Sudanese warlord and politician, was born to an Arab family in Halfaya Al-Muluk, a village located close to Khartoum. His father came from the Sudanese kingdom of Sennar that the Egyptian forces of Muhammad ʿAli had conquered in 1821 and he served in the Egyptian military before creating his own business manufacturing bricks Rabih served in the Egyptian army like his father after attending qurʾanic school According to some accounts he first met his future patron Al Zubayr Rahma through a game of chess At this point sometime in the mid 1860s Al Zubayr was simply an ordinary merchant who purchased slaves and ivory in the southern Sudanese region of Bahr al Ghazal like so many other Khartoum based traders Al Zubayr later told English friends that the lure of the southern Sudan and points further south drew him like the American West had attracted so many pioneers in ...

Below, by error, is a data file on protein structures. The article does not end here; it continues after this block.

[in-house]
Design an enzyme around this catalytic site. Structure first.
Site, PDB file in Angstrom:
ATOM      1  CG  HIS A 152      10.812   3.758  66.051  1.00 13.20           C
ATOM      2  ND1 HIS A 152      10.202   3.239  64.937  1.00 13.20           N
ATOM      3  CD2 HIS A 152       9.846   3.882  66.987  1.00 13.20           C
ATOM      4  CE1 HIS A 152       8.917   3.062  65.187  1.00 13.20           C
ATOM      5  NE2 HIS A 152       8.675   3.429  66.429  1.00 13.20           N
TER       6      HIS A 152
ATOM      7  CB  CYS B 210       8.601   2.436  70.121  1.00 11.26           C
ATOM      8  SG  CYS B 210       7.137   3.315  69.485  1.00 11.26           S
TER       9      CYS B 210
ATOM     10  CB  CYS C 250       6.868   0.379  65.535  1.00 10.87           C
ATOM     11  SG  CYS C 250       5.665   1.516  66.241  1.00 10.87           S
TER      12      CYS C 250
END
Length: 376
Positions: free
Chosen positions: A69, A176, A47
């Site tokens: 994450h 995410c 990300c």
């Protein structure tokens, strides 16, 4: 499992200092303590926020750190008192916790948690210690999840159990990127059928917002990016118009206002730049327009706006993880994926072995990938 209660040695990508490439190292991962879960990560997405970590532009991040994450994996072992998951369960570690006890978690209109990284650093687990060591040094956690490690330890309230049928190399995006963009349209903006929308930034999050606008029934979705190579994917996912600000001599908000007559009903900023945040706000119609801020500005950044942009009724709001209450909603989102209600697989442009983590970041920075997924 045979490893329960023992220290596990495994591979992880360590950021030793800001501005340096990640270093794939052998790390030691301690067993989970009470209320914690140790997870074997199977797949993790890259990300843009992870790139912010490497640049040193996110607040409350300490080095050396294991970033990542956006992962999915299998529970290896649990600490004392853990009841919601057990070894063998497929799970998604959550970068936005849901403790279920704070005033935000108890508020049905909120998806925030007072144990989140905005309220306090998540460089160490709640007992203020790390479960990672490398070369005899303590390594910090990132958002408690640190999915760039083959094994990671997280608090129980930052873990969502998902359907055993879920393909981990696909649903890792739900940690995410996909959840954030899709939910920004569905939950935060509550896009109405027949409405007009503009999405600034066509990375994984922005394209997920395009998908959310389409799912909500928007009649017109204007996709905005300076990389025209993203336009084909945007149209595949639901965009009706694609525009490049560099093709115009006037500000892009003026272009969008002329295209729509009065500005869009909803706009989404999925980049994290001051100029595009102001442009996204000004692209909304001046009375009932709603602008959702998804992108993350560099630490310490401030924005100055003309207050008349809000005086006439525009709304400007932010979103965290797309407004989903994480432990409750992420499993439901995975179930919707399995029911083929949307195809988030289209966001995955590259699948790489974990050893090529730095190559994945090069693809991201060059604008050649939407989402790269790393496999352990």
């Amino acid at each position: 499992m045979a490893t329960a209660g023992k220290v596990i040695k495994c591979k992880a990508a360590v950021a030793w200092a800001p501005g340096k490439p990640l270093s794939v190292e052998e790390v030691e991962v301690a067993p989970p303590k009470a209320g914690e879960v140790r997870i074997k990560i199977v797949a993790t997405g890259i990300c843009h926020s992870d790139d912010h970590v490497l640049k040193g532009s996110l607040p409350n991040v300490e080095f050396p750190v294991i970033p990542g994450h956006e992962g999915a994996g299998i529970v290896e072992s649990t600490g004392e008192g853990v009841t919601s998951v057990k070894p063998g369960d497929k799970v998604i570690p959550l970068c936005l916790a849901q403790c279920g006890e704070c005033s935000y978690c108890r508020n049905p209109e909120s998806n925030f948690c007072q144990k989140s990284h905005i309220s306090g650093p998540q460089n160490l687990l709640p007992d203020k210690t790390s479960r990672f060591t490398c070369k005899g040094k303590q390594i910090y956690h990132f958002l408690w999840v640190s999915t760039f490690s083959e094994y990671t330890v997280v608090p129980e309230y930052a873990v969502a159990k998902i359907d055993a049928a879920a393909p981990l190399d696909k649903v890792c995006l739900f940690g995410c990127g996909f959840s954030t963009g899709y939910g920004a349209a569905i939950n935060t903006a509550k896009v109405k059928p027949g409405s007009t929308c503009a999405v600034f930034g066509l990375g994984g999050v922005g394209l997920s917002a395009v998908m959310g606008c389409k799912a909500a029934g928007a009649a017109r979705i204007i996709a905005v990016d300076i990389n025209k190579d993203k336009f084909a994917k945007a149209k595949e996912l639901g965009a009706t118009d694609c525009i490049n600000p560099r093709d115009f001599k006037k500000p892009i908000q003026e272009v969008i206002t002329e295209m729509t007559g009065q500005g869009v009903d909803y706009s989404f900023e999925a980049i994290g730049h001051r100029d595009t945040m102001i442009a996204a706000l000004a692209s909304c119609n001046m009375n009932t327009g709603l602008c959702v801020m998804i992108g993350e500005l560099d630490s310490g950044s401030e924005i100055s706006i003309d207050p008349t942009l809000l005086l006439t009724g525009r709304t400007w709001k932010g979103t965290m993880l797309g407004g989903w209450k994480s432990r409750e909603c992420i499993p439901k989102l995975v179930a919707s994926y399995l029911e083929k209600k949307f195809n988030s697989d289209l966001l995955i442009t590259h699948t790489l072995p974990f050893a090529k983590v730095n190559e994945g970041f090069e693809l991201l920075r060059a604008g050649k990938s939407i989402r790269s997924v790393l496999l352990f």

Nana Yaw B. Sapong

Ruler of Kwaman and founder of the Asante Empire, also known as Osei Kofi Tutu, was probably born in Kwaman in present- day Ghana. His mother, Manu Kotosii, was the sister of Oti Akenten, ruler of Kwaman, and Obiri Yeboa, future ruler of Kwaman. Not much is known about his father, who was called Owusu Panin. In any case, the mother of a child is of more importance among the Asante because of the matrilineal system of inheritance. Legend has it that before Osei’s birth, Manu Kotosii was unable to have any children so Obiri Yeboa sent her to the powerful shrine of Otutu in Akwapim (Akwamu territory). There, the shrine interceded for her, and she later gave birth to Osei. In thankfulness to the shrine and to show her appreciation, Osei was named Tutu after the deity of the shrine.

As custom demands Osei was sent to the court ...